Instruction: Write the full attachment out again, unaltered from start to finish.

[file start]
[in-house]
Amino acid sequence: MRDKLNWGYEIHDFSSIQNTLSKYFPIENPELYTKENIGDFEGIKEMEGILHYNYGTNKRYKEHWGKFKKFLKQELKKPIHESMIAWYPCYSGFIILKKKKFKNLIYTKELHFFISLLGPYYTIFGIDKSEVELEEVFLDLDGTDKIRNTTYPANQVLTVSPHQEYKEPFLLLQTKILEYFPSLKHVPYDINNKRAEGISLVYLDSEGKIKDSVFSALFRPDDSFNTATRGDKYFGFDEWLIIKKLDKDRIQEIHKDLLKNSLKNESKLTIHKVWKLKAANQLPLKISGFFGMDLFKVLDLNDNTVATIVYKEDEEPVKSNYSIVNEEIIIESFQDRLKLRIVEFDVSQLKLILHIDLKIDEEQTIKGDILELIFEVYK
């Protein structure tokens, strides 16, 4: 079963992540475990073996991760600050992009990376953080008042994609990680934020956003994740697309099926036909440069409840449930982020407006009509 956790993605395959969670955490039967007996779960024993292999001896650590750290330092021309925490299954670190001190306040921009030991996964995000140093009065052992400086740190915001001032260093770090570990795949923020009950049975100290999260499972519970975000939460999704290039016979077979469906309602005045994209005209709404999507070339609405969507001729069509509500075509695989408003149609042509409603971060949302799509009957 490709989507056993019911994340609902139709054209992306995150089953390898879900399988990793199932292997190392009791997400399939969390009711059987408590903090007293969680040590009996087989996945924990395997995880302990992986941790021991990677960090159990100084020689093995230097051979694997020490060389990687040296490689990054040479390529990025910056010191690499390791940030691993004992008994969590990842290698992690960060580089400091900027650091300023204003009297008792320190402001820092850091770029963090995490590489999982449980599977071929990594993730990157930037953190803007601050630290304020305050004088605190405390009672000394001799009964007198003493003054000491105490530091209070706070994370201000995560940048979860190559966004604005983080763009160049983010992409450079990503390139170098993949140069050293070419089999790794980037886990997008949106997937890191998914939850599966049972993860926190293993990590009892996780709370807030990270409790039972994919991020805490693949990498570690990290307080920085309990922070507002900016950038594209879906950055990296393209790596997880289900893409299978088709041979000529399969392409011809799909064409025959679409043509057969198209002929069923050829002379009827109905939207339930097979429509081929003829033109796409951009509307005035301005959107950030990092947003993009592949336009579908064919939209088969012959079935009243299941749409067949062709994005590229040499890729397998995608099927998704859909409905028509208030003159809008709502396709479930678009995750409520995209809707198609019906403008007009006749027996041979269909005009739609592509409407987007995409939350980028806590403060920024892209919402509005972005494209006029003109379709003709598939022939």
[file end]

[in-house]
Amino acid sequence: MRDKLNWGYEIHDFSSIQNTLSKYFPIENPELYTKENIGDFEGIKEMEGILHYNYGTNKRYKEHWGKFKKFLKQELKKPIHESMIAWYPCYSGFIILKKKKFKNLIYTKELHFFISLLGPYYTIFGIDKSEVELEEVFLDLDGTDKIRNTTYPANQVLTVSPHQEYKEPFLLLQTKILEYFPSLKHVPYDINNKRAEGISLVYLDSEGKIKDSVFSALFRPDDSFNTATRGDKYFGFDEWLIIKKLDKDRIQEIHKDLLKNSLKNESKLTIHKVWKLKAANQLPLKISGFFGMDLFKVLDLNDNTVATIVYKEDEEPVKSNYSIVNEEIIIESFQDRLKLRIVEFDVSQLKLILHIDLKIDEEQTIKGDILELIFEVYK
């Protein structure tokens, strides 16, 4: 079963992540475990073996991760600050992009990376953080008042994609990680934020956003994740697309099926036909440069409840449930982020407006009509 956790993605395959969670955490039967007996779960024993292999001896650590750290330092021309925490299954670190001190306040921009030991996964995000140093009065052992400086740190915001001032260093770090570990795949923020009950049975100290999260499972519970975000939460999704290039016979077979469906309602005045994209005209709404999507070339609405969507001729069509509500075509695989408003149609042509409603971060949302799509009957 490709989507056993019911994340609902139709054209992306995150089953390898879900399988990793199932292997190392009791997400399939969390009711059987408590903090007293969680040590009996087989996945924990395997995880302990992986941790021991990677960090159990100084020689093995230097051979694997020490060389990687040296490689990054040479390529990025910056010191690499390791940030691993004992008994969590990842290698992690960060580089400091900027650091300023204003009297008792320190402001820092850091770029963090995490590489999982449980599977071929990594993730990157930037953190803007601050630290304020305050004088605190405390009672000394001799009964007198003493003054000491105490530091209070706070994370201000995560940048979860190559966004604005983080763009160049983010992409450079990503390139170098993949140069050293070419089999790794980037886990997008949106997937890191998914939850599966049972993860926190293993990590009892996780709370807030990270409790039972994919991020805490693949990498570690990290307080920085309990922070507002900016950038594209879906950055990296393209790596997880289900893409299978088709041979000529399969392409011809799909064409025959679409043509057969198209002929069923050829002379009827109905939207339930097979429509081929003829033109796409951009509307005035301005959107950030990092947003993009592949336009579908064919939209088969012959079935009243299941749409067949062709994005590229040499890729397998995608099927998704859909409905028509208030003159809008709502396709479930678009995750409520995209809707198609019906403008007009006749027996041979269909005009739609592509409407987007995409939350980028806590403060920024892209919402509005972005494209006029003109379709003709598939022939």